'The Green Revolution in Africa Has Unequivocally Failed'

The 2020 hunger report, published by the UN in July 2021 documented a 25% increase from 2019 to 2020 in the number of severely undernourished people in the world. Sub-Saharan Africa saw a similar spike, with an estimated 44 million more people suffering severe hunger. Covid-19 and climate change were the proximate causes, but lagging productivity growth in agriculture contributed as well. The Alliance for a Green Revolution in Africa (AGRA) was founded 15 years ago to address that productivity problem.

Its first goal was to double yields and incomes for 30 million smallholder farming households. The second was to reduce food insecurity by half. With funding from private foundations and a few western bilateral donors, the organisation focused on 13 African countries for most of its 15 years, spending about U.S.$1 billion.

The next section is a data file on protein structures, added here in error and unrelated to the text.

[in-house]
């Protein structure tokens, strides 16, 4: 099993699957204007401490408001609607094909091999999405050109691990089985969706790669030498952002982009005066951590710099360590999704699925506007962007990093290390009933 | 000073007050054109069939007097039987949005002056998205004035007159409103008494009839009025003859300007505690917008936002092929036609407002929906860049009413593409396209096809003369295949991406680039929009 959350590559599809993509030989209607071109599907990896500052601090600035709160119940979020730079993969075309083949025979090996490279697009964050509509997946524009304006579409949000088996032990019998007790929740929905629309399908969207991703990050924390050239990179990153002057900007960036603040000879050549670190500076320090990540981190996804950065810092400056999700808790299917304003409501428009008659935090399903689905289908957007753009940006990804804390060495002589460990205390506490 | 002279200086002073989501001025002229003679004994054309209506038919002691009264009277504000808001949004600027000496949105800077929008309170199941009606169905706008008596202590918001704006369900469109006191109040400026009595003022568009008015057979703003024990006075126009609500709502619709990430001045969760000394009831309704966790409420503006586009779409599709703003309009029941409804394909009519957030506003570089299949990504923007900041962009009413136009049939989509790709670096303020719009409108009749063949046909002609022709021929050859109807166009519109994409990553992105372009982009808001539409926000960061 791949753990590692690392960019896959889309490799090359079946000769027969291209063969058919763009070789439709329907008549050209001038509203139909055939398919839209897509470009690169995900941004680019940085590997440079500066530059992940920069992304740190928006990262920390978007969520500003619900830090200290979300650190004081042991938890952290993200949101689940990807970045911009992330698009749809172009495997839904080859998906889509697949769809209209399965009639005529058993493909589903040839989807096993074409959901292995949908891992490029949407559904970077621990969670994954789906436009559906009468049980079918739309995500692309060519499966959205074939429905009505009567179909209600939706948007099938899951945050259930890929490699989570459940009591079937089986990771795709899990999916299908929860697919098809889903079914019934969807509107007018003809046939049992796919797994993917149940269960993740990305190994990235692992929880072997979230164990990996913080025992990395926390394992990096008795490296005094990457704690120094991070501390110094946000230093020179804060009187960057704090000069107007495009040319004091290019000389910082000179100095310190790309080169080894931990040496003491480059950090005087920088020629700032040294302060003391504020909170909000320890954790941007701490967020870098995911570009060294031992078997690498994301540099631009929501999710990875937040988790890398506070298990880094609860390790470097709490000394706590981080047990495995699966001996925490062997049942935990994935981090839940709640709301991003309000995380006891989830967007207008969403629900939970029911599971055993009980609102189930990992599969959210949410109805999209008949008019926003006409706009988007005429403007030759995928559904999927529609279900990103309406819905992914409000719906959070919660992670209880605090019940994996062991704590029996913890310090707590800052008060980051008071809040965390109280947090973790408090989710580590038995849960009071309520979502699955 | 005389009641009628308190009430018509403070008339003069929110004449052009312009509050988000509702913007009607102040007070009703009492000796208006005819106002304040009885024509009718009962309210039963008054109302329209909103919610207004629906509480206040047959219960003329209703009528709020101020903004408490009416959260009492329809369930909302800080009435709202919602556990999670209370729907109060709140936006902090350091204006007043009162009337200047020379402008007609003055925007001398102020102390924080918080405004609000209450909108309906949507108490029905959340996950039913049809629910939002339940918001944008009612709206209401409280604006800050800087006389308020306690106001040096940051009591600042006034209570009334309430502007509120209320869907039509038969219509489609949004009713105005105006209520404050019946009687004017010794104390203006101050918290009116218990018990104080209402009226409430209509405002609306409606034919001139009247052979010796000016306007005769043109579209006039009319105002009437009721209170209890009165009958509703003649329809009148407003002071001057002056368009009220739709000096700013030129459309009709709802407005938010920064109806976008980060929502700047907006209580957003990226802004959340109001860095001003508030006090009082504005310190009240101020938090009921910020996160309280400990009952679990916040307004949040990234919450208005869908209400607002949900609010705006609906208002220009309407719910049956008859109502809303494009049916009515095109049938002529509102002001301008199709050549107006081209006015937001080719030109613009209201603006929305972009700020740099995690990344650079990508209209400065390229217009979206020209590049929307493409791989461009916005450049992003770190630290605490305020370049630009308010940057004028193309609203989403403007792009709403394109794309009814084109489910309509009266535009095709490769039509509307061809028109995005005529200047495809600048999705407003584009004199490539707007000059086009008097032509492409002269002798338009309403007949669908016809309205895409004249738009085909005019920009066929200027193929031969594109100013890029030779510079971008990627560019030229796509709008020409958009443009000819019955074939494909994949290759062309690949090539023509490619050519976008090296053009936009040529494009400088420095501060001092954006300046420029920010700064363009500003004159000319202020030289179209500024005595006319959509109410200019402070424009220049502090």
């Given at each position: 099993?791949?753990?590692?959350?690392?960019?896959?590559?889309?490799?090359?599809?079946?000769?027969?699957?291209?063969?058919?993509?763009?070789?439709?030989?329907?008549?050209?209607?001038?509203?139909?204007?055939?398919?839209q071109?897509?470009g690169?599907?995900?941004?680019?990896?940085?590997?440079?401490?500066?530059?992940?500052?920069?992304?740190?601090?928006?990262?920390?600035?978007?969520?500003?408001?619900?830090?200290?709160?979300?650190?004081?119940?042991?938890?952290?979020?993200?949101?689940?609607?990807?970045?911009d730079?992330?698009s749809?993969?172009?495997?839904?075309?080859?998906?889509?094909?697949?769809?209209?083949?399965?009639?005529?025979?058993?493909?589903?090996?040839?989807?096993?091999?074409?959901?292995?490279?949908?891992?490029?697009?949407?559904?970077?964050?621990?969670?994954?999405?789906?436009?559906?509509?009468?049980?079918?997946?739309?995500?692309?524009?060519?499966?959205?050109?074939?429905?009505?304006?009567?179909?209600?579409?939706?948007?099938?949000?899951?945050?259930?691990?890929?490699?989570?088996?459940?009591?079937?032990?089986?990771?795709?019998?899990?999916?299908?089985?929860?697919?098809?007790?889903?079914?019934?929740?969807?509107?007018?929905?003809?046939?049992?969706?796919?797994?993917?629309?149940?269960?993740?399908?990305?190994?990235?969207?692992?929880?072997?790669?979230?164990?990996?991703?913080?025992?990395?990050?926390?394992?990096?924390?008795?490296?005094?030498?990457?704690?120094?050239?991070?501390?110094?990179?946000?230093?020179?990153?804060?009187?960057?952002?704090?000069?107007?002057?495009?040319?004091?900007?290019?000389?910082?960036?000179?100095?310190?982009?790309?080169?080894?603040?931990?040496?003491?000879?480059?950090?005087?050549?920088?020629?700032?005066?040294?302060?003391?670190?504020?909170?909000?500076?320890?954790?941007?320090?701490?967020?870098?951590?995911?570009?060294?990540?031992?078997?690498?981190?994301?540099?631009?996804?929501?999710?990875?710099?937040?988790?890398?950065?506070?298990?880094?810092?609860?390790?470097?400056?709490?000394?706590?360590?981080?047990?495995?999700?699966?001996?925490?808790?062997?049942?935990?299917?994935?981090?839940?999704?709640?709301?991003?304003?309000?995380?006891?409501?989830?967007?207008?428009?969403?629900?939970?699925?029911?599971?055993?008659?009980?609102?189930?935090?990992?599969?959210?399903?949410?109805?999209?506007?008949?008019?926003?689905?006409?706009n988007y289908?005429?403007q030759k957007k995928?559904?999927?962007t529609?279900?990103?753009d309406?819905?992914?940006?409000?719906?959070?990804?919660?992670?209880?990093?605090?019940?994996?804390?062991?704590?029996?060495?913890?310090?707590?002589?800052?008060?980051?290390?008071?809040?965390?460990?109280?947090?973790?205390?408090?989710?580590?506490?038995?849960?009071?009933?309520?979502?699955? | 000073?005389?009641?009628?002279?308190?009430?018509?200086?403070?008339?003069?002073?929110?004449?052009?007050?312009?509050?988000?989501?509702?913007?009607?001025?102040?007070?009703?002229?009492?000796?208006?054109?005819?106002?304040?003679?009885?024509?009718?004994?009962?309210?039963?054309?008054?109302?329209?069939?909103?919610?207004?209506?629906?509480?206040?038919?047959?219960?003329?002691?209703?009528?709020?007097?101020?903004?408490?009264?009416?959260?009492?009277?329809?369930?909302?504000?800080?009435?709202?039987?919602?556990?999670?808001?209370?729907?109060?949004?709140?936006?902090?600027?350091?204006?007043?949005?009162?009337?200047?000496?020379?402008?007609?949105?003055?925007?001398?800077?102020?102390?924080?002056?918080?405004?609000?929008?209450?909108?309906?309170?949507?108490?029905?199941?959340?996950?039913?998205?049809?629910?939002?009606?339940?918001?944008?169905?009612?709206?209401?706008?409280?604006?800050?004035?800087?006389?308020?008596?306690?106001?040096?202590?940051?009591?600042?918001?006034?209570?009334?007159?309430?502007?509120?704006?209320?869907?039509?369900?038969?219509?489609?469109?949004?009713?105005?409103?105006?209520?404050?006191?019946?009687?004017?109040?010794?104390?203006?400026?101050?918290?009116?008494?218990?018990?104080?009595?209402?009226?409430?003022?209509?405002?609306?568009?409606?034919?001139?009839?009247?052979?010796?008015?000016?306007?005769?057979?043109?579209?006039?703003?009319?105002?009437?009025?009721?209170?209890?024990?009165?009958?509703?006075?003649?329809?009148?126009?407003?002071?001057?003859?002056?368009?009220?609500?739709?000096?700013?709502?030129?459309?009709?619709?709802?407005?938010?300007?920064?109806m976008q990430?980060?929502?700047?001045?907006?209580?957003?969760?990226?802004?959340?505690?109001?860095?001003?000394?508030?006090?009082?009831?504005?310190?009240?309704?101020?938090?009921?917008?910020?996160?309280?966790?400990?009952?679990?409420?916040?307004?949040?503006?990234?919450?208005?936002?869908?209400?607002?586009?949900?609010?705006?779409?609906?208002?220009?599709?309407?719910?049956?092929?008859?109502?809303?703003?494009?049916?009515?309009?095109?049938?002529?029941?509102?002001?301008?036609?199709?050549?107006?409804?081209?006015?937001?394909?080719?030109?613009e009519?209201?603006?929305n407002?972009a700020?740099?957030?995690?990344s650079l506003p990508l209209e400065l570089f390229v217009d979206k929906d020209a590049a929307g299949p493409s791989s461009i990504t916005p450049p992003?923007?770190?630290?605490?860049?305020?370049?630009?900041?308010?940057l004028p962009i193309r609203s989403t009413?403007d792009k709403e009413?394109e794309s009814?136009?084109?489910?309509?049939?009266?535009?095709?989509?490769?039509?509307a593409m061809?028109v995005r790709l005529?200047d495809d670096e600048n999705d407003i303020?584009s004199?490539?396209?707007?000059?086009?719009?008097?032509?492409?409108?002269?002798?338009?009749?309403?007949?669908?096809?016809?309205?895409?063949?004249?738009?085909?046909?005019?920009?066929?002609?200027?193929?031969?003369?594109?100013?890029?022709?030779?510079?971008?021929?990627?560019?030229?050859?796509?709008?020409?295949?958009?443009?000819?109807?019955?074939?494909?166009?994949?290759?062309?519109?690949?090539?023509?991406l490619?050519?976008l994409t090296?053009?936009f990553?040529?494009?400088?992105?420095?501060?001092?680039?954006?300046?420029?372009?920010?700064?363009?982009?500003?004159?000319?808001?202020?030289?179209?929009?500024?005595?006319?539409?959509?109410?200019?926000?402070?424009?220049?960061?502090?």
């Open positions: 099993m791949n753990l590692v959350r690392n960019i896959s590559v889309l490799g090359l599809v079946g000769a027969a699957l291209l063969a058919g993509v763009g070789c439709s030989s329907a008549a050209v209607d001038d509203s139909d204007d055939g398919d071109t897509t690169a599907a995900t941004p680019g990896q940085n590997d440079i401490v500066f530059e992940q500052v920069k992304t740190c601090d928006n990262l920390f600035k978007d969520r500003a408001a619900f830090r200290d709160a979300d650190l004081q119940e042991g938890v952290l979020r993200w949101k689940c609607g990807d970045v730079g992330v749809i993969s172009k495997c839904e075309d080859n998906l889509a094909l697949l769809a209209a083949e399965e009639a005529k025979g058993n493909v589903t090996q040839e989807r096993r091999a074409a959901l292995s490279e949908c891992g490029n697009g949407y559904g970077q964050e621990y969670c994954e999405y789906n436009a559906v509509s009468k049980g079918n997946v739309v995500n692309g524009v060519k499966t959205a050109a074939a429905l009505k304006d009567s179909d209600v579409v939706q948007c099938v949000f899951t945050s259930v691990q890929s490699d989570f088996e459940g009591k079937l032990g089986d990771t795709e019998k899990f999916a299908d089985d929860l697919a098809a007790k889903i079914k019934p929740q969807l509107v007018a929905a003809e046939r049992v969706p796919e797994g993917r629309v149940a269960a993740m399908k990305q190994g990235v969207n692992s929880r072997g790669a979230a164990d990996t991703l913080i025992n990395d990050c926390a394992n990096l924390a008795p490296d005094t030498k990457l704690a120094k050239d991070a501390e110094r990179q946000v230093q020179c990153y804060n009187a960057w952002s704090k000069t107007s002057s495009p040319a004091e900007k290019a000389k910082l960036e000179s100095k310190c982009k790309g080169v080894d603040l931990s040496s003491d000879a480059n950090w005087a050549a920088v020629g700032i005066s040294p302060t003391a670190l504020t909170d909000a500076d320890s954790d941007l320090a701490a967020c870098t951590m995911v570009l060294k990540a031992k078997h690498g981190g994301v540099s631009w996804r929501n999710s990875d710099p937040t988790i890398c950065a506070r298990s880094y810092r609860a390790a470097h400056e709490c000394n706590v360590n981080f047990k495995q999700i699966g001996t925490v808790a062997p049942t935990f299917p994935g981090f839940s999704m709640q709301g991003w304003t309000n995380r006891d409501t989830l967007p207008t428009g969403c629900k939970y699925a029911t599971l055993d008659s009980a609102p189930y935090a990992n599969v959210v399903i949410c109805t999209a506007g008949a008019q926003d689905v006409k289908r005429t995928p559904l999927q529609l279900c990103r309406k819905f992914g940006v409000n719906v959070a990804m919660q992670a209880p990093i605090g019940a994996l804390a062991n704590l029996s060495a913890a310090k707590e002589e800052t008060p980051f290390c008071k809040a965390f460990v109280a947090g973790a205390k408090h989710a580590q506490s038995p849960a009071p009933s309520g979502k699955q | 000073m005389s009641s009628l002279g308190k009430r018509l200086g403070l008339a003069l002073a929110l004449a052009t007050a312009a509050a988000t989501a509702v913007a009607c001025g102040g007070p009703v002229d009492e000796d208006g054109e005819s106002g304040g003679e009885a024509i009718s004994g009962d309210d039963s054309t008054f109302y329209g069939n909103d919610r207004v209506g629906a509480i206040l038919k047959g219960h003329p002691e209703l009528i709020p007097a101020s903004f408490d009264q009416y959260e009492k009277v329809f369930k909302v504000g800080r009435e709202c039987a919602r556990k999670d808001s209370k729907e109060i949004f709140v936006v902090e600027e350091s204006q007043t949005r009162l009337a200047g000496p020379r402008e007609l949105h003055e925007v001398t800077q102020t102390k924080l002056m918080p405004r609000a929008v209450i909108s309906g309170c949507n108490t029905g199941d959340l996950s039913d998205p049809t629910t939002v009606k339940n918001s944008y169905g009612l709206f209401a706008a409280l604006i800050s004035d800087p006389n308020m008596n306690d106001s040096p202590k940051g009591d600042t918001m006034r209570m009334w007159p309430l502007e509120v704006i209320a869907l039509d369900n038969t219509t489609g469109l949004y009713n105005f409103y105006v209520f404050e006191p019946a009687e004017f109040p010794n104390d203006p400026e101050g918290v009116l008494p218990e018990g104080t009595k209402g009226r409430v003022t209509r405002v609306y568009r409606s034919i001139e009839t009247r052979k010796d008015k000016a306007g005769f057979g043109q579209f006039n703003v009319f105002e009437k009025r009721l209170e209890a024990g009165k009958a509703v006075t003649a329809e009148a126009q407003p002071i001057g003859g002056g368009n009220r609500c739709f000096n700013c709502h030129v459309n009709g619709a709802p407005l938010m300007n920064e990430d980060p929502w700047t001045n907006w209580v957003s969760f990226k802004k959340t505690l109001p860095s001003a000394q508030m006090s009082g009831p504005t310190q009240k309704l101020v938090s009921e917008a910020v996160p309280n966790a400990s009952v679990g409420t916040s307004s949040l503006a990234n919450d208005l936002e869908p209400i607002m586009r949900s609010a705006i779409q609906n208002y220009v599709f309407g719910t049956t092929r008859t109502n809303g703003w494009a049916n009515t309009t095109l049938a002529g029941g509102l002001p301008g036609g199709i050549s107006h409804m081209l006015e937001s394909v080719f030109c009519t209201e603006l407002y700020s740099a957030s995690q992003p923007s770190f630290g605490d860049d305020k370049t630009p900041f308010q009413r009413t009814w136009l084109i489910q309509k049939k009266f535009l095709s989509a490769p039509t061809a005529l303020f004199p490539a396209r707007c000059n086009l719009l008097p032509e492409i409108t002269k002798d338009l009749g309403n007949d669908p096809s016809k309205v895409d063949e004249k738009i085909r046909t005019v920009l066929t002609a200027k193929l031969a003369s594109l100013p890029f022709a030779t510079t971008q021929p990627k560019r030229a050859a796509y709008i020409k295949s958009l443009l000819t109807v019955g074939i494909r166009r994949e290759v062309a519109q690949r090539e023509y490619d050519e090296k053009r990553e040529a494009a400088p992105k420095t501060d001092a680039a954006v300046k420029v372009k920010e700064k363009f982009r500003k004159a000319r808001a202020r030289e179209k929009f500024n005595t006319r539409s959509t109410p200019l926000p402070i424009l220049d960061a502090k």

A study by Tufts University was set out in 2020 to assess how well the organisation was achieving its own stated goals. The study examined data from its 13 priority countries - among them Kenya, Nigeria, Ghana, Tanzania - while also relying on data from the UN Food and Agriculture Organisation and the World Bank. The study found little evidence of significant productivity improvements. For a basket of staple crops, productivity increased just 18% over 12 years, practically the same rate as it had prior to the interventions by the alliance. It is nowhere near its goal of doubling productivity.

We welcome investment in agriculture on our continent. But we seek it in a form that is democratic and responsive to the people at the heart of agriculture, writes Timothy A. Wise, Senior Research Fellow, Global Development and Environment, at Tufts University.

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